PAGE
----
The problem with fame and fortune



Fame and fortune appear to be a real problem for the everyday human to manage. It seems that when these two gifts arrive, they set off a chain of catastrophe: addictions, broken relationships, poor behaviour. And well, you know, you’ve seen and heard it too.

But every now and again, we see a life of grace and humility and steadfastness from someone living the public life. And it does our heart good. It chips away at the cynicism and disillusionment we can feel towards public accomplishment.

And one of those people is Hugh Jackman. I love the fact that he came to Australia as a ‘ten pound Pom’, gained his performing arts training in Perth, made it on the big screen with X-Men and has since returned to the stage showcasing his voice and personality as much as his acting talent. I love his down to earth ways and commitment to philanthropy and the environment. And I love the fact that he met and married his wife back in 1996 – and more than twenty years later it’s still a thriving partnership.

It’s not all doom and gloom. Fame and fortune don’t have to destroy you. It’s simply that for most of us they expose our vulnerabilities. And need be treated with wariness and care, not entitlement and superiority. And I don’t think that’s an easy perspective to manage.


About Kelley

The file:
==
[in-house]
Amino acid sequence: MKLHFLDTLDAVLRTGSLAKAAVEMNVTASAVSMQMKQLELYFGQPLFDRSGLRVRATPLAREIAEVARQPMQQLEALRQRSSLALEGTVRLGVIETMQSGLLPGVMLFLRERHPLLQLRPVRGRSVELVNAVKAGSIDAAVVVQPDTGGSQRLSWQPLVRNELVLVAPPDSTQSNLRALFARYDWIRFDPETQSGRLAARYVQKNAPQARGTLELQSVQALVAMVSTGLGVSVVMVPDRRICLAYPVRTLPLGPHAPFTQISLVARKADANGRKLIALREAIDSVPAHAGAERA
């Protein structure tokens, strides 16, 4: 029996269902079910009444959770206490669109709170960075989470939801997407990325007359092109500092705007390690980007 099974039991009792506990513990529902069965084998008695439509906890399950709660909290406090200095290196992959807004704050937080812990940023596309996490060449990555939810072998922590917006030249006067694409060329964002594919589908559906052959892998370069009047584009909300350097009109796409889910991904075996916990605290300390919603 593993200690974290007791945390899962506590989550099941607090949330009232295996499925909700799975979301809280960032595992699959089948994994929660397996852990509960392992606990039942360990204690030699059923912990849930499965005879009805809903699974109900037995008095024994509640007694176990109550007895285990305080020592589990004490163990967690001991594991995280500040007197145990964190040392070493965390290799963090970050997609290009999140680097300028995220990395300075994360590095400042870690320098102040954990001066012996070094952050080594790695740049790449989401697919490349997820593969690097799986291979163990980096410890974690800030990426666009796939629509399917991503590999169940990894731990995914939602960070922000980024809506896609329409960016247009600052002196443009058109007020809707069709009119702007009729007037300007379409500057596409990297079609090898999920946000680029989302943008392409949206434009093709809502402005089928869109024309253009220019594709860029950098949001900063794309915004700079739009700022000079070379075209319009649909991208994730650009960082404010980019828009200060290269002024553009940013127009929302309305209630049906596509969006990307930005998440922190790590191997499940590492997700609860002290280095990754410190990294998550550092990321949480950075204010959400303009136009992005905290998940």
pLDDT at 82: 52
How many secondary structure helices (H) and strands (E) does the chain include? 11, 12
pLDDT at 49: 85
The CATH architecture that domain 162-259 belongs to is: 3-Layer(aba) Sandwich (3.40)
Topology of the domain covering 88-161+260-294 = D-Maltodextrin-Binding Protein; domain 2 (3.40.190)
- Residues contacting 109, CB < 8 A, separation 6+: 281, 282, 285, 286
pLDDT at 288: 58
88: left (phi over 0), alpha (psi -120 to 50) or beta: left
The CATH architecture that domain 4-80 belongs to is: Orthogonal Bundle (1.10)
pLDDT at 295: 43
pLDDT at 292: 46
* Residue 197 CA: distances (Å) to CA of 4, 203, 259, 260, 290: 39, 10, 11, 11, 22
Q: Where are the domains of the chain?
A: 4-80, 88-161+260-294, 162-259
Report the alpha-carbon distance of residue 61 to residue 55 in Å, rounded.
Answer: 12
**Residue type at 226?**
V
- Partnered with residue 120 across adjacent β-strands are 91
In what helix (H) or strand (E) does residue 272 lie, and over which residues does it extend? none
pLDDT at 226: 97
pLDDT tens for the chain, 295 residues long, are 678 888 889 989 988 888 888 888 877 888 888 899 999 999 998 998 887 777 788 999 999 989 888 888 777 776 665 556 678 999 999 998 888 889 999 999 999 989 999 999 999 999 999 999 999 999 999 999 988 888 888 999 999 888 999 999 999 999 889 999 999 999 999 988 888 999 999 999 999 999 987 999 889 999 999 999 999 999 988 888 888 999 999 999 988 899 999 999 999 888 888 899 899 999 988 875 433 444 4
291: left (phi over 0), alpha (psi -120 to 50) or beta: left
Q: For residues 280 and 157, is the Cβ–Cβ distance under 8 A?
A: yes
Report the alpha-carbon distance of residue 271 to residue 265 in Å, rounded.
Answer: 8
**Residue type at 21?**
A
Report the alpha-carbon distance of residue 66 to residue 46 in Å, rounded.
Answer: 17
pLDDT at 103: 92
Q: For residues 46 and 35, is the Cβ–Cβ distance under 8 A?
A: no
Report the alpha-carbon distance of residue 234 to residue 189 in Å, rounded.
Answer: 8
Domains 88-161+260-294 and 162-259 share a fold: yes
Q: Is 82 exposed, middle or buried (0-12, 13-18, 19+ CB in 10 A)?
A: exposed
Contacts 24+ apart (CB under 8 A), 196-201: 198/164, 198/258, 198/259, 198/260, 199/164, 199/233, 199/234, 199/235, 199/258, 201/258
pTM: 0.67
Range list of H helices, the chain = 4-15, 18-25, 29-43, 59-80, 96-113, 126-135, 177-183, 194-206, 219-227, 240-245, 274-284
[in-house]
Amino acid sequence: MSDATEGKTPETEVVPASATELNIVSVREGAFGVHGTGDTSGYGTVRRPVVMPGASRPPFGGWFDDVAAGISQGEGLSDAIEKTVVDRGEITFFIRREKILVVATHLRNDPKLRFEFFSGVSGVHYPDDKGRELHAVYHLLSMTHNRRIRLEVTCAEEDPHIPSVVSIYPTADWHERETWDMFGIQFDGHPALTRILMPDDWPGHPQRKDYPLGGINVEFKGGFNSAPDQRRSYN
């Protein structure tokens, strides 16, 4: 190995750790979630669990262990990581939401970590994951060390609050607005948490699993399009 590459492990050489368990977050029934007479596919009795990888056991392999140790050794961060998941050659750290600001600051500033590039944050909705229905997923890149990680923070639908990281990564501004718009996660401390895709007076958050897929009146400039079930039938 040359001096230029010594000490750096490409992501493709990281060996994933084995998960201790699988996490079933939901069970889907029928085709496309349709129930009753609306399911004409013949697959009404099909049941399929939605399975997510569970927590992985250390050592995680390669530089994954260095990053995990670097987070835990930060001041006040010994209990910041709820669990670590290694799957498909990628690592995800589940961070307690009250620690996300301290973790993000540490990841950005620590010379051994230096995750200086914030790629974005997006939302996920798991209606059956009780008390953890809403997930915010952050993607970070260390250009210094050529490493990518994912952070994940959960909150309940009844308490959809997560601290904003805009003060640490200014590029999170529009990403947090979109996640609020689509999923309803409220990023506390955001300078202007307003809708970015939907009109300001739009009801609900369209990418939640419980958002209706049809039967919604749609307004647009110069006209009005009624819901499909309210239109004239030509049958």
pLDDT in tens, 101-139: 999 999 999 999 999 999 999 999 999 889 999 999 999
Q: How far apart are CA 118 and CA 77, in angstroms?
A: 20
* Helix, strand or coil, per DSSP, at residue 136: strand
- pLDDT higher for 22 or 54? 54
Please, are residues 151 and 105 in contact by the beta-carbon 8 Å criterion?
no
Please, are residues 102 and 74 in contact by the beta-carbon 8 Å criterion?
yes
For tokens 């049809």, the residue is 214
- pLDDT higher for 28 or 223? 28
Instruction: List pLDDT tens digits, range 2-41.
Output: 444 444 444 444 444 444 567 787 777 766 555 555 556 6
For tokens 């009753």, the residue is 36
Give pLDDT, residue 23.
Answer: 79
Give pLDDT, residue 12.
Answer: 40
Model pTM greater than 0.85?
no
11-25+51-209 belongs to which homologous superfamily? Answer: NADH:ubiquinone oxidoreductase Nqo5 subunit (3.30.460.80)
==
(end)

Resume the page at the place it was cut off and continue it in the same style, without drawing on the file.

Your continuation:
Kelley is a speaker, author, overseas aid worker and perpetual student. She is passionate about women and gender issues, both in the local and international context, which underpins her enthusiasm for kinwomen and its contribution to women ‘living their finest life’. In 2014 Kelley completed a Masters in International and Community Development before establishing The Foxglove Project. Foxglove is a registered charity focused on supporting international development projects that are sustainable and driven by indigenous leadership. Kelley’s paid work requires her to travel extensively to evaluate and support projects supported by Australian funds. This experience and networking enables Foxglove to partner with outstanding overseas agencies delivering real opportunities for the poor and vulnerable to lead independent self-determined lives. Kelley combines these passions with a love of family and faith. Across more than 30 years of marriage, Kelley and her husband have worked through many of the challenges of building a relationship while raising three sons. Their boys have now finished high school changing the dynamics of family life and relationships. One of her great joys is sharing parenting lessons and learning from good and bad (sometimes disastrous) experiences. She uses humour and common sense to talk about the everyday challenges facing parents in today’s context.

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